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Japan’s citizen scientists map radiation, DIY-style

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With the Japanese government only providing spotty information about the radiation leaking from the damaged Fukushima nuclear plant in the early days after the devastating March 11 earthquake and tsunami, a group of tech-minded citizen scientists set out to fill in the “black holes” in the knowledge base.

They did so by crafting their own Geiger counters and handing them out to volunteers in the disaster area to measure the fallout. Months later, they have assembled thousands of radiation readings plotted on maps that they hope will one day be an invaluable resource for researchers studying the impact of the meltdown at the crippled nuclear complex.

Volunteer Toshikatsu Watanabe, left, and Safecast’s Kalin Kozhuharov take radiation measurements in Koriyama, Japan.

The volunteer network of scientists, tech enthusiasts and residents of Japan collectively known as Safecast (an amalgam of “safety” and “broadcast”) sprang to life in the weeks after the devastating 9.0-magnitude earthquake and tsunami struck Japan, cutting off power to the Fukushima Daiichi Nuclear Power Station and knocking out its backup generators. That shut down the plant’s cooling system, triggering meltdowns or partial meltdowns in three of the plant’s four reactors, followed by explosions that released radioactive substances into the air and allowed contaminated water to leak into the ocean.

“For the scientific community, this is a huge chance to further understand what this all means,” said Pieter Franken, co-founder of Safecast and a senior researcher at Keio University in Tokyo, which is collaborating on the project. “Chernobyl was 25 years ago and delivered lots of information. But we’re now in the Internet age, and we have a huge opportunity to do a much better job in measuring it and tracking it.”

Residents in the surrounding areas were understandably alarmed, but in the early days after the disaster, information from the government came in bits and pieces, and was difficult to find.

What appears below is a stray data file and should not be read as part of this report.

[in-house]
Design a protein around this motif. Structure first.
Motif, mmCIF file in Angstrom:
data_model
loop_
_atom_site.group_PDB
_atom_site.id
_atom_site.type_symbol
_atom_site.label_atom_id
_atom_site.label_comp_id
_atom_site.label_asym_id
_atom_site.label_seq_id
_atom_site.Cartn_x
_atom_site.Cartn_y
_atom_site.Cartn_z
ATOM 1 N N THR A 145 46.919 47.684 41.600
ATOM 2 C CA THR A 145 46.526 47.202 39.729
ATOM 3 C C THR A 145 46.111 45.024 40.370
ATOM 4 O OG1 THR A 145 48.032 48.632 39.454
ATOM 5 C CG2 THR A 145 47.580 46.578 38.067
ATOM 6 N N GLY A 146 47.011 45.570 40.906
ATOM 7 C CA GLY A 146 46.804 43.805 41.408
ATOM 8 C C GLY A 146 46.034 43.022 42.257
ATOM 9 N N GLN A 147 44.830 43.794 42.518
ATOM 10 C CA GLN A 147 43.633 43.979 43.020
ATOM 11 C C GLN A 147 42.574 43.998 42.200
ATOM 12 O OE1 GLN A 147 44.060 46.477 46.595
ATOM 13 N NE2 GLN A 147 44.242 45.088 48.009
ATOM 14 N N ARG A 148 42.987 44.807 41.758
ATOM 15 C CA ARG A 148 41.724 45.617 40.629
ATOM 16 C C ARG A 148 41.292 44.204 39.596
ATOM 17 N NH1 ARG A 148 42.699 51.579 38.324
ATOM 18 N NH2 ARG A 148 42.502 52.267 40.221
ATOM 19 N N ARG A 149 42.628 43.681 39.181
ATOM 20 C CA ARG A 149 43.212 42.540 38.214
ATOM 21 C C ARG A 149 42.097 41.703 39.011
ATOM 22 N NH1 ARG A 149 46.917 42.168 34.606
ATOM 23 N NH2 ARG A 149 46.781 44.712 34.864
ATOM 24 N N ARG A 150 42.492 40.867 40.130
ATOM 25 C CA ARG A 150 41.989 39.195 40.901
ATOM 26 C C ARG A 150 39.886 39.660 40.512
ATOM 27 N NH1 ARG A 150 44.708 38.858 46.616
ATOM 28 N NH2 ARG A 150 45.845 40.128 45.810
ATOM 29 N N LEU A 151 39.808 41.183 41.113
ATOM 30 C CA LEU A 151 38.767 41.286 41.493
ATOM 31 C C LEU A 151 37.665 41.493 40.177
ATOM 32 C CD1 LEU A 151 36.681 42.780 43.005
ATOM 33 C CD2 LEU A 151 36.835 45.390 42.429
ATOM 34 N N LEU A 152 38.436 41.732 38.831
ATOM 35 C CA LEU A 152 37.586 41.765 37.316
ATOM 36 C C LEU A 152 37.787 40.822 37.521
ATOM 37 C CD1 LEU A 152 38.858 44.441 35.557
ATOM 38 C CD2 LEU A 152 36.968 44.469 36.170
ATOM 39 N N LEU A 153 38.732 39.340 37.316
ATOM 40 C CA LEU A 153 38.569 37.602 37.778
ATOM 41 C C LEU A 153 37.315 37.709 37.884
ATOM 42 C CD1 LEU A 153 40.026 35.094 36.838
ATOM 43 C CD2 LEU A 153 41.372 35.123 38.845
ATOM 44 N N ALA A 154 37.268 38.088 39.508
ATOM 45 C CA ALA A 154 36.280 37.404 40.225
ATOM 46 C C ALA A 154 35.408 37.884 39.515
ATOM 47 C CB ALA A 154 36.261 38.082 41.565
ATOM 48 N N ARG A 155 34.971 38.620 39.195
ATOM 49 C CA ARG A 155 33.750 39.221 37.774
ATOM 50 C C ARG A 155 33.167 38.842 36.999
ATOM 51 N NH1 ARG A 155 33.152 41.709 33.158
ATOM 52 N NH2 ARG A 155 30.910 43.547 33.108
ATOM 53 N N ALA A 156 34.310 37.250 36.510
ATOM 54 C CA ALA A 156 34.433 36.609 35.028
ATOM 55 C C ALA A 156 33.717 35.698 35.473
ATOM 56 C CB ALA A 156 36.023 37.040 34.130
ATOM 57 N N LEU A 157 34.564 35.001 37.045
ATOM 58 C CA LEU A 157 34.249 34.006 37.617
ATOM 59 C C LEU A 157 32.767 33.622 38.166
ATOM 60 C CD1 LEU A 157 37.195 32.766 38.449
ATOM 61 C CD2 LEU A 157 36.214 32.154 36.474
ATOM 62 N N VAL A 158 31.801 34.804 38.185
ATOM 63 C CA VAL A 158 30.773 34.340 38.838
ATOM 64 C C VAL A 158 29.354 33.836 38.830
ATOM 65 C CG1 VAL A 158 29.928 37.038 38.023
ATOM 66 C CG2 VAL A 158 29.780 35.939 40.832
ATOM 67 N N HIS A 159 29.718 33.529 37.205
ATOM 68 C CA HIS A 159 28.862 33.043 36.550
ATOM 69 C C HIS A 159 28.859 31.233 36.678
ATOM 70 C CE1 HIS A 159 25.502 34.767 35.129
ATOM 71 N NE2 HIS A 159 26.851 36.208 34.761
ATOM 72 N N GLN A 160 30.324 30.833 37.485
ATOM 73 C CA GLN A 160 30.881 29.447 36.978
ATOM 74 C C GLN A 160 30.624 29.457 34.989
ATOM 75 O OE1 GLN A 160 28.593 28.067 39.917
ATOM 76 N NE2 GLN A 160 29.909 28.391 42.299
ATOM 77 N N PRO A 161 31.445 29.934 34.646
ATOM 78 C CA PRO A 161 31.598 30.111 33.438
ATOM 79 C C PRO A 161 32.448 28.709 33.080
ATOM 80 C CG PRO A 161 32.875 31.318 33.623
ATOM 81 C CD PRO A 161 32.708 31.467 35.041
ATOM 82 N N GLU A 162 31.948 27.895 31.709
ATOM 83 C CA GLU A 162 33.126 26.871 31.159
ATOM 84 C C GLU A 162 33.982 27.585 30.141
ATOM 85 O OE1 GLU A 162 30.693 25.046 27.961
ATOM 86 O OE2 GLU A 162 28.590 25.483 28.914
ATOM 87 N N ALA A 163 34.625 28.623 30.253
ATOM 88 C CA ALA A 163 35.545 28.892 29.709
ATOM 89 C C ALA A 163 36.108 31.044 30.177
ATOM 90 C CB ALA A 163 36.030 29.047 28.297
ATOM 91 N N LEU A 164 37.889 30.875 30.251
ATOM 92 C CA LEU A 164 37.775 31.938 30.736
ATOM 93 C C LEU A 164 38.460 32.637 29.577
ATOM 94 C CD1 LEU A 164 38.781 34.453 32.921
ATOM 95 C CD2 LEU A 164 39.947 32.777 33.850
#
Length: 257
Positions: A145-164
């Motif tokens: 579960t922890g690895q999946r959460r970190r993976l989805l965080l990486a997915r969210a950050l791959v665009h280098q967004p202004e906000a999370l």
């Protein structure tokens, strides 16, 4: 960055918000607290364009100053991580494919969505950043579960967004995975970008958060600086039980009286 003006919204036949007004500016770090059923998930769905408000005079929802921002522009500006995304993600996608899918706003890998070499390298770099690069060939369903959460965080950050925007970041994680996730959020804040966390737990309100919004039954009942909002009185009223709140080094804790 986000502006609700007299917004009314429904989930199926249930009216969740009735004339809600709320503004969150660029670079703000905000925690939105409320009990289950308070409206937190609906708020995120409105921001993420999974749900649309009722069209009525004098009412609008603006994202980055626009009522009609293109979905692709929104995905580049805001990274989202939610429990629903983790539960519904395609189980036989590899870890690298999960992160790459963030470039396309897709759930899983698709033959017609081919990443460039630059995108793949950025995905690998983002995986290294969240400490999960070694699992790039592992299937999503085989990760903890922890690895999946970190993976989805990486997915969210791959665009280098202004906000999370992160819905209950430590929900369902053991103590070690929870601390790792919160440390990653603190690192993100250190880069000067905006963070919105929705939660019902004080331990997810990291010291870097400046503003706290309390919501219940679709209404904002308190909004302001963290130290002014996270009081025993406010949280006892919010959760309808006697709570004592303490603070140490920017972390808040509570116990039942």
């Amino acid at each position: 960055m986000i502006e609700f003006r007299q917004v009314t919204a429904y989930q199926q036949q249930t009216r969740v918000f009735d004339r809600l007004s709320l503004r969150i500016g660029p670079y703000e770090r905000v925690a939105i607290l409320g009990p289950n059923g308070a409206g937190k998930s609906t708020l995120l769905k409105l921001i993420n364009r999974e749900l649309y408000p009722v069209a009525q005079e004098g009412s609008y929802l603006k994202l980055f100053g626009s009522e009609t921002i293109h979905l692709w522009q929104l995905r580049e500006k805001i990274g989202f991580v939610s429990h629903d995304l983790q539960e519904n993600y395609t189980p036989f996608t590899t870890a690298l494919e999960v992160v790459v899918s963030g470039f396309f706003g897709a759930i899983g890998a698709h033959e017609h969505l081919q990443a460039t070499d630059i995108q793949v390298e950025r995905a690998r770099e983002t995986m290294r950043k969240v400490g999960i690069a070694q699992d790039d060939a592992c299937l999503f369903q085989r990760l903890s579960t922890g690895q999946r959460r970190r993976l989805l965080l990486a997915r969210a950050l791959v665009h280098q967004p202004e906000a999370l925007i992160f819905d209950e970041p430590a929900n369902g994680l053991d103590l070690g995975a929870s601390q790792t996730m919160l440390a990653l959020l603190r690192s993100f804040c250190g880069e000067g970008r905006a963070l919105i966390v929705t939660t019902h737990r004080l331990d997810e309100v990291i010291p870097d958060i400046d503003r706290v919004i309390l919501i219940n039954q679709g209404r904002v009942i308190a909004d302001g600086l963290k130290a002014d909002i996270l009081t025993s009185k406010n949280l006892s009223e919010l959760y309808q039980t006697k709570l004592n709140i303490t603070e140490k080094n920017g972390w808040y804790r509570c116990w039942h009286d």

Franken and Sean Bonner, a Los Angeles-based technology buff involved in numerous online citizen-involved projects, saw an opportunity to use technology to augment the government’s reports and to make the information widely available.

The pair found Uncorked Studios, a Portland, Ore., website development firm, which wanted to map the radiation numbers from all sources “to try to get a better picture of things on a larger scale,” Bonner said.

‘Unknowns’
The initial effort resulted in a map that revealed the dearth of information available: “We realized that there were some massive holes and that the data that was being published was not that specific,” said Bonner. “There would be one reading for an entire city. But we wouldn’t know exactly where in the city that reading was taken.”

With so many “unknowns,” the group decided to buy as many Geiger counters as possible and distribute them to people in the map’s “black holes,” Bonner said. But that wasn’t feasible because the supply of the radiation-measuring devices was limited, he  said.

So Safecast turned to a source they knew well: Hackerspaces, a loose confederation of high-tech tinkerers around the globe.

The TokyoHackerSpace had already drafted a to-do list in the disaster’s aftermath that included radiation monitoring. But with Safecast’s encouragement, the group stepped up its efforts. Members soon figured out how to build basic Geiger counters with Geiger tubes (which measure radiation) purchased through an initial fundraising campaign and modified so they could be attached to vehicles and upload data to the Internet, Christopher Wang, a specialist in sensor networks also known by his hacker nickname of “Akiba,” wrote in an email to msnbc.com.

After meeting Safecast, the hackers decided the best use of the jury-rigged devices would be to drive around taking measurements, allowing one “Geiger counter to cover a huge amount of range,” Wang wrote.

“We put together a custom circuit board that would mount on the outside of a car and had GPS (for timestamp and location data), an input for the Geiger counter, an SD card slot (for data logging), and wireless communication (to send the data inside the car and let the driver know if they are in an area with high radiation),” he said.

Other hackerspaces around the world — such as CRASH space in Los Angeles — soon enlisted in the effort and before long Safecast had the resources to launch an ambitious measuring and mapping effort.

Components of the jury-rigged Geiger counters.

While signing up volunteers, Safecast also developed a training regimen so the recruits would be able to take reliable readings with the instruments and send the data to the group.

Having average citizens involved was crucial, Franken said.

“We want to bring the radiation levels to people’s doorstep, so people can see around their house what is happening,” he said.